JOINT BASE ELMENDORF-RICHARDSON --
JOINT BASE ELMENDORF-RICHARDSON - Everyone pursues a career in the fields of science, technology, engineering and math (STEM) for a different reason. Danielle Perkins, Department of the Army apprentice at the U.S. Army Corps of Engineers – Alaska District, followed the footsteps of her dad and grandpas into that sector.
“Believe it or not, my freshman year of college I was a chemistry major so I could be a pharmacist,” Perkins said.
After a year of classes, she decided the field was not for her and withdrew from further studies.
“I moved home to Sitka and ended working for the state of Alaska as a field inspector,” she said. “I enjoyed being in the field and seeing the process of things being built – roads, runways, bridges – and that pushed me to go back to school. My dad told me to try engineering from the beginning. Now he says, ‘I told you so’ all the time.”
After graduating from the University of Alaska Anchorage with a bachelor’s degree in 2019, Perkins joined the district through the Department of the Army Apprenticeship Program at the end of 2020. The two years of training provides her with exposure to different offices within the organization to foster a greater understanding of the district, cultivate strong working relationships and build sound institutional knowledge.
“It sounded like a good opportunity to see as much as I wanted before settling down into a position,” she said.
Through the experience, Perkins has worked her way through assignments in cost engineering to civil and sanitary engineering to geotechnical engineering to construction, where she currently is working.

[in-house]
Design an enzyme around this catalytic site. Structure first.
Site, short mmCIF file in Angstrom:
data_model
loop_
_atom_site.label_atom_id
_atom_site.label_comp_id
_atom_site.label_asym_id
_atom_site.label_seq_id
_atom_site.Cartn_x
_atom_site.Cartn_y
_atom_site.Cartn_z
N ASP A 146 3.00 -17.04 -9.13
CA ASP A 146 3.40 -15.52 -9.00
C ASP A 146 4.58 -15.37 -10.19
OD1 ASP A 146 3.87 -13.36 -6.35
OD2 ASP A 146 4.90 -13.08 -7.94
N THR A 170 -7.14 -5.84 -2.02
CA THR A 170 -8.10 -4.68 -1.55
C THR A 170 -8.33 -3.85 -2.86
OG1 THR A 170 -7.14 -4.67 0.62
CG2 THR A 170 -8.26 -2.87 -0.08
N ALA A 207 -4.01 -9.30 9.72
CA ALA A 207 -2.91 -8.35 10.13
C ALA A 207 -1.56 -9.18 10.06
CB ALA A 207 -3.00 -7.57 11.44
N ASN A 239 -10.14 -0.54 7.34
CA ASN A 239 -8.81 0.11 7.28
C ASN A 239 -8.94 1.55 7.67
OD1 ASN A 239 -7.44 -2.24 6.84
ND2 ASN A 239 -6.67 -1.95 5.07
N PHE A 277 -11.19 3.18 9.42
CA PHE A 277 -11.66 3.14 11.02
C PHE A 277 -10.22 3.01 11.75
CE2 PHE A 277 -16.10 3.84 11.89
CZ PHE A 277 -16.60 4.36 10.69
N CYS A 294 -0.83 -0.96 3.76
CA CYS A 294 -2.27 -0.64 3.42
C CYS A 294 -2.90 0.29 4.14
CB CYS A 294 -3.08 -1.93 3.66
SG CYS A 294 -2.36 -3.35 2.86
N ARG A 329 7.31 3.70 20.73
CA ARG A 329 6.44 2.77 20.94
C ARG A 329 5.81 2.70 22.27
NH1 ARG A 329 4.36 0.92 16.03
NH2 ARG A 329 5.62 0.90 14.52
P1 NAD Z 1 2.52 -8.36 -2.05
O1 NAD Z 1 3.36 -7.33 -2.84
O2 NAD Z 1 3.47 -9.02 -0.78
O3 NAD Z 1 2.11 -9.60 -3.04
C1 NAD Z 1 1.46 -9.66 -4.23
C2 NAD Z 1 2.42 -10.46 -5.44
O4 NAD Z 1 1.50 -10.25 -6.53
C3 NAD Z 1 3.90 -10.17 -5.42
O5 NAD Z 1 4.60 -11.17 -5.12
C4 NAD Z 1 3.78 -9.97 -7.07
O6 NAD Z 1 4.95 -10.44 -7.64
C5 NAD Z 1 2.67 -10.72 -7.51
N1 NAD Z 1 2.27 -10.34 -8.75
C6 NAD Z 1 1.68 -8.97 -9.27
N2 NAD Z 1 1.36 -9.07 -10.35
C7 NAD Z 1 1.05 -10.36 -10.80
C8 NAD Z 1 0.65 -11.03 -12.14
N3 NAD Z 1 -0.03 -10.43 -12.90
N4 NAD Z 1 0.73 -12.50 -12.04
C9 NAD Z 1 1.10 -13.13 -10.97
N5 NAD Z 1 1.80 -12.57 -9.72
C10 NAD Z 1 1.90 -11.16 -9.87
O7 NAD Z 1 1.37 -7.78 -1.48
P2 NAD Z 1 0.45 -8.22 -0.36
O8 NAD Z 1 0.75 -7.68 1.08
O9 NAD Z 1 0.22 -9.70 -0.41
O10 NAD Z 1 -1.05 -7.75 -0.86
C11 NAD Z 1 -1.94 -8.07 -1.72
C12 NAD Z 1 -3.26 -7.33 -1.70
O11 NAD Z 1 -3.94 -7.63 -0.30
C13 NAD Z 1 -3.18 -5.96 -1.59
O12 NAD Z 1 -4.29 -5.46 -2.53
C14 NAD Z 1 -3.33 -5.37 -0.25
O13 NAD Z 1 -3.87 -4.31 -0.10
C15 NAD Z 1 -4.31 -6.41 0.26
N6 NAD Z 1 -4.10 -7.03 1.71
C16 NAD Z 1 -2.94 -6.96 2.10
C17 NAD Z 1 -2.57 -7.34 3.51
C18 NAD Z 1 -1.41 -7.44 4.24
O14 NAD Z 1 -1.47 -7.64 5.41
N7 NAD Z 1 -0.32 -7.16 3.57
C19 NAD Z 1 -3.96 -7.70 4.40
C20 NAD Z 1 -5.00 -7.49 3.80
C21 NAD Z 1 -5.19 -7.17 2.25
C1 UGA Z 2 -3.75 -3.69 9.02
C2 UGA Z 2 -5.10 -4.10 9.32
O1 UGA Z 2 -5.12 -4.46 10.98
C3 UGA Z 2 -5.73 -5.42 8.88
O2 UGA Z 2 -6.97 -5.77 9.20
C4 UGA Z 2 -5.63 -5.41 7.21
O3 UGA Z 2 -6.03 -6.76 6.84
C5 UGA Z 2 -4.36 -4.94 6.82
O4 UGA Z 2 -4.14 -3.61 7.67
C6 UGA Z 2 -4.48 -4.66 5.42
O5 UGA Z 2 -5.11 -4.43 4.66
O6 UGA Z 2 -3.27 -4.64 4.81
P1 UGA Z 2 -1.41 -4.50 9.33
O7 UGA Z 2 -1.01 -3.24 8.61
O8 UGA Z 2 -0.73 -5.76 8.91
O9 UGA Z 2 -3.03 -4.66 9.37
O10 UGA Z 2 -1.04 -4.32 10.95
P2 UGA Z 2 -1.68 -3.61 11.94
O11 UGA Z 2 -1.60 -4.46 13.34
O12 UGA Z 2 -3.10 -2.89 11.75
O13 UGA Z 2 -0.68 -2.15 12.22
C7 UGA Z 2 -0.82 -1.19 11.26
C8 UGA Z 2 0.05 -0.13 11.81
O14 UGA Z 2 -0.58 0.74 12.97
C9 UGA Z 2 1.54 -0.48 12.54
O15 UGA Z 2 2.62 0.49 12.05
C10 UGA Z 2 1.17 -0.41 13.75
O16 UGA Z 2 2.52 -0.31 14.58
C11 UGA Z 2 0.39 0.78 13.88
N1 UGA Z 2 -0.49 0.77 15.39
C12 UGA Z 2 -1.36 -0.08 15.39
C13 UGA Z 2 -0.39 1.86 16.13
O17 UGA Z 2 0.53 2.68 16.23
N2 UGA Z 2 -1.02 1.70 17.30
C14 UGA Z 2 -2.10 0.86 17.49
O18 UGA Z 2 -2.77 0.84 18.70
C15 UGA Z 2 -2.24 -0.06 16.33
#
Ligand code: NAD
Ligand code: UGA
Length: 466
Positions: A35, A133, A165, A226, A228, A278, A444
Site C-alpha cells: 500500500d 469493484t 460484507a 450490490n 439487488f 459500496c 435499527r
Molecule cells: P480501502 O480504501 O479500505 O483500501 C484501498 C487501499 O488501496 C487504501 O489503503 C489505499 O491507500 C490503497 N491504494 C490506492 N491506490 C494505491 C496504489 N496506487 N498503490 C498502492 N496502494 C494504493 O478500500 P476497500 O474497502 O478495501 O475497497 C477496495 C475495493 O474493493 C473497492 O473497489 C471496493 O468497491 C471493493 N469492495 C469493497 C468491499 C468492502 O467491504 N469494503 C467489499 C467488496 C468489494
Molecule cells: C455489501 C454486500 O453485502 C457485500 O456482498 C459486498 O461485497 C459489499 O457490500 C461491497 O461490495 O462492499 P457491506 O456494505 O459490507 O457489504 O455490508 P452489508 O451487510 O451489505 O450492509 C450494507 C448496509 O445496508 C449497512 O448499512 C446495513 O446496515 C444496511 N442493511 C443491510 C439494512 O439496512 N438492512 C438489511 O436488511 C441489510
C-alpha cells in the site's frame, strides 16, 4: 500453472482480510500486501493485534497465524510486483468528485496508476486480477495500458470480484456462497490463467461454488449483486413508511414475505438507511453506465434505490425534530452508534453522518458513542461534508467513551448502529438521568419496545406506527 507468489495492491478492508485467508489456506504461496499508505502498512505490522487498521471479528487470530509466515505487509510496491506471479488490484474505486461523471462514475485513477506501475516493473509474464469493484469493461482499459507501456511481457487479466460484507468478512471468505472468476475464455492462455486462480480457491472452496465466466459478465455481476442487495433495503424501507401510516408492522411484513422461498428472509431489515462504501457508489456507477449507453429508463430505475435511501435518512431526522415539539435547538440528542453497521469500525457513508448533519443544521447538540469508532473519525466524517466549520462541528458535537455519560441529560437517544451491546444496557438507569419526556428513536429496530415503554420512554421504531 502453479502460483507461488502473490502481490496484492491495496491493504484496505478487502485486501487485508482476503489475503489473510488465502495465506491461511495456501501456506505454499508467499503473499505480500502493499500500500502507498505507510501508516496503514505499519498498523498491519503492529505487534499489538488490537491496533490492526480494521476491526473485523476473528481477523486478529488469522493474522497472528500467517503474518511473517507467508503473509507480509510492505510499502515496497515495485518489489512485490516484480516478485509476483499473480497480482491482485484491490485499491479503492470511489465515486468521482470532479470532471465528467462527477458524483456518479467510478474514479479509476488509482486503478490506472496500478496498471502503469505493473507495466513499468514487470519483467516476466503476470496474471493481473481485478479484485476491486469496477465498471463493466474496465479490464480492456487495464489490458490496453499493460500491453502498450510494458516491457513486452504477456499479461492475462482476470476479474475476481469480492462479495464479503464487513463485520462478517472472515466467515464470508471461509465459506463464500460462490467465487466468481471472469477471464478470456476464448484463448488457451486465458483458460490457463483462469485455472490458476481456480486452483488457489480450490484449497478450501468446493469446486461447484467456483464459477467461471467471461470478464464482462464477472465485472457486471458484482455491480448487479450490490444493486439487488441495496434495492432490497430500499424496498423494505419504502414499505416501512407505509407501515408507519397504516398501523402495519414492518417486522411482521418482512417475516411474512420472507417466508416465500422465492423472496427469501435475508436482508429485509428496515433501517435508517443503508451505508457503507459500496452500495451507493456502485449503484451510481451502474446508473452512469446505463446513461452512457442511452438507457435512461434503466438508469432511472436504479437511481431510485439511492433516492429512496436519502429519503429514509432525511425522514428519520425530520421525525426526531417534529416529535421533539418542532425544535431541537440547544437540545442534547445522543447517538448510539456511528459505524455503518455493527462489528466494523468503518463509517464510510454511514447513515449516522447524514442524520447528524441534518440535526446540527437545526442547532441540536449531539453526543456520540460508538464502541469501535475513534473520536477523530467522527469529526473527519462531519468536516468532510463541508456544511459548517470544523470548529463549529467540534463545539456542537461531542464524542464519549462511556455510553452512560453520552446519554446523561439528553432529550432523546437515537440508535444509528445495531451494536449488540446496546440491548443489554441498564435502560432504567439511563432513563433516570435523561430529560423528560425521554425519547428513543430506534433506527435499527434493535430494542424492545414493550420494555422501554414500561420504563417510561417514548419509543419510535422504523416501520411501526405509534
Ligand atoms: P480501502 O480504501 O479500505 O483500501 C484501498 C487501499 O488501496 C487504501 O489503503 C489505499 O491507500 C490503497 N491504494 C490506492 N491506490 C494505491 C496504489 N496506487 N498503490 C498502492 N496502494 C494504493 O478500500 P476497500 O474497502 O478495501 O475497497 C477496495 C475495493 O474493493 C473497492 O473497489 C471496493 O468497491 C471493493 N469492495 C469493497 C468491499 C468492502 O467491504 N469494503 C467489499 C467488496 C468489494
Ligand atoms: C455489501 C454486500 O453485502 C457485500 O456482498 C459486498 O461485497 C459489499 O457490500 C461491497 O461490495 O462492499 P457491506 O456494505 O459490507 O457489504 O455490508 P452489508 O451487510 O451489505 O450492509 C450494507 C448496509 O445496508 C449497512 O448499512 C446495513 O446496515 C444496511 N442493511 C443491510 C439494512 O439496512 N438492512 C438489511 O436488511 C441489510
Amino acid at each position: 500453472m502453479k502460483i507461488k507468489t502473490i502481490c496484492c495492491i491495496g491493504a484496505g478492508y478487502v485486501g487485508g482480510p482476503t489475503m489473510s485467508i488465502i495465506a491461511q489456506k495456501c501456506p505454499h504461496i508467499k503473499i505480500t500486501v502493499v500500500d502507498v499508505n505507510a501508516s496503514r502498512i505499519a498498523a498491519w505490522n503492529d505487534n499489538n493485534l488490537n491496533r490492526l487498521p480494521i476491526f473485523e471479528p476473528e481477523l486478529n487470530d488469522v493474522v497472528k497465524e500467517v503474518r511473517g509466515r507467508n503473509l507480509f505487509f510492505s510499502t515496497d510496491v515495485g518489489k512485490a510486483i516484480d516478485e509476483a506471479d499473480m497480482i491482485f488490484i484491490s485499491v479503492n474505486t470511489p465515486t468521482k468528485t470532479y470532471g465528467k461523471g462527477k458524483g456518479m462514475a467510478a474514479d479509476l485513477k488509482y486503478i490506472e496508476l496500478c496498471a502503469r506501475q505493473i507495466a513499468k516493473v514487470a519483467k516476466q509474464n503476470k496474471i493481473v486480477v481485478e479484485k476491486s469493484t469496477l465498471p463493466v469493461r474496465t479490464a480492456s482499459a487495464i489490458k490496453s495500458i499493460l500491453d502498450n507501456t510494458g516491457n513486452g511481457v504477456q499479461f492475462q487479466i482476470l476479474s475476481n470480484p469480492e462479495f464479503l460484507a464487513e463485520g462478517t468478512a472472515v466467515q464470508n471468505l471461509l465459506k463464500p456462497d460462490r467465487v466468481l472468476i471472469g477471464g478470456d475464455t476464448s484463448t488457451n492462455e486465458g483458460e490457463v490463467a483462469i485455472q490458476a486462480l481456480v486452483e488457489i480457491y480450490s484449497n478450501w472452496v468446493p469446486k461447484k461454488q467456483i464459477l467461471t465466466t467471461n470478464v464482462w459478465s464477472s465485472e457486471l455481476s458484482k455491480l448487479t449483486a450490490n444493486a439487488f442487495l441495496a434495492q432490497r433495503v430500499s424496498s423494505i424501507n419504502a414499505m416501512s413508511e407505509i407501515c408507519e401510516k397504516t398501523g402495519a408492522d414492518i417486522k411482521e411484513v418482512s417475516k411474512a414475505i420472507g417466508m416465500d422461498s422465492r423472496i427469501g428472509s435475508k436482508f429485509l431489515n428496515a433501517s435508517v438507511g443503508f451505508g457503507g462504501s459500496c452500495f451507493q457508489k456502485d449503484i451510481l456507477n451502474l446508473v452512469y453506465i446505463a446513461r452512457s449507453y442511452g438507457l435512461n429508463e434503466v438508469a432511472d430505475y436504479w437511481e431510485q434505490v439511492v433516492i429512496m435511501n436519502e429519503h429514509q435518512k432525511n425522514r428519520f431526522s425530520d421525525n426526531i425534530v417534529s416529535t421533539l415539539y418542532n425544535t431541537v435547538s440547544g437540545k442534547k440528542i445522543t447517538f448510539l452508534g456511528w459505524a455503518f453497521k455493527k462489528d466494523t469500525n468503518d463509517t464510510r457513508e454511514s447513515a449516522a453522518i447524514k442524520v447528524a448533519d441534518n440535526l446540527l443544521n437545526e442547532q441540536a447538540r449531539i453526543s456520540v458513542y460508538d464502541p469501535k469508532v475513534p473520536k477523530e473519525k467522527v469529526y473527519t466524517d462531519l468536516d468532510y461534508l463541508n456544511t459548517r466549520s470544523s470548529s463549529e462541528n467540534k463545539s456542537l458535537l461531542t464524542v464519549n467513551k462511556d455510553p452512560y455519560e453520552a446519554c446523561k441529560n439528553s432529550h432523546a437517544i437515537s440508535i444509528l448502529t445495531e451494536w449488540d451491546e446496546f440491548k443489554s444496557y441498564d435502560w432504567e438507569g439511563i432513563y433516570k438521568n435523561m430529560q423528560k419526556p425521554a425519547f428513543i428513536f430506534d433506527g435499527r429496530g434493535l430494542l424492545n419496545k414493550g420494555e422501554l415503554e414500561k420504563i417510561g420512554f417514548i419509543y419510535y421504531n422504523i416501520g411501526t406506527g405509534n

“My favorite part of the position I am in is that I get to rotate over the next few years and see how the process as a whole works,” Perkins said. “When I end up back in cost engineering as my permanent position, I will understand the process and know who to reach out to in other sections for help.”
In her future role as a cost engineer, she will be involved with projects from concept to completion. The job will require her to develop cost estimates for projects that include the cost of design, construction and potential changes during construction.
Perkins sees the STEM field as multifaceted with the potential to go into a diverse set of occupations such as aerospace engineering, astronomy, robotics, computer engineering and more.
“Something they all have in common is that they are helping to push our understanding of the universe and build our future,” she said.
Reflecting on her decision to join the STEM field, Perkins is excited to put her skills to use and fulfill her dreams of making a positive difference in the world.
“I was the kid that asked why, and I became an engineer for that very reason,” she said.
Each year on Nov. 8, National STEM Day celebrates the value of an education in science, technology, engineering and mathematics. The Army is the largest employer of STEM professionals in the U.S. government and the Alaska District currently employs seven recent graduates through the Army Apprenticeship Program.
“We encourage young people to pursue their interest in STEM by earning a degree and seeking a job in their chosen field,” said Mark DeRocchi, chief of the Alaska District’s Engineering, Construction and Operations Division. “We are always recruiting to fill critical positions in the STEM disciplines and can offer a rewarding career for candidates with the right skill set.”
To learn more about entry-level civilian career opportunities with the DoD, check out: https://www.dodstem.us/.
To learn about recent graduate programs with USACE: https://www.usace.army.mil/Careers/Internships/.
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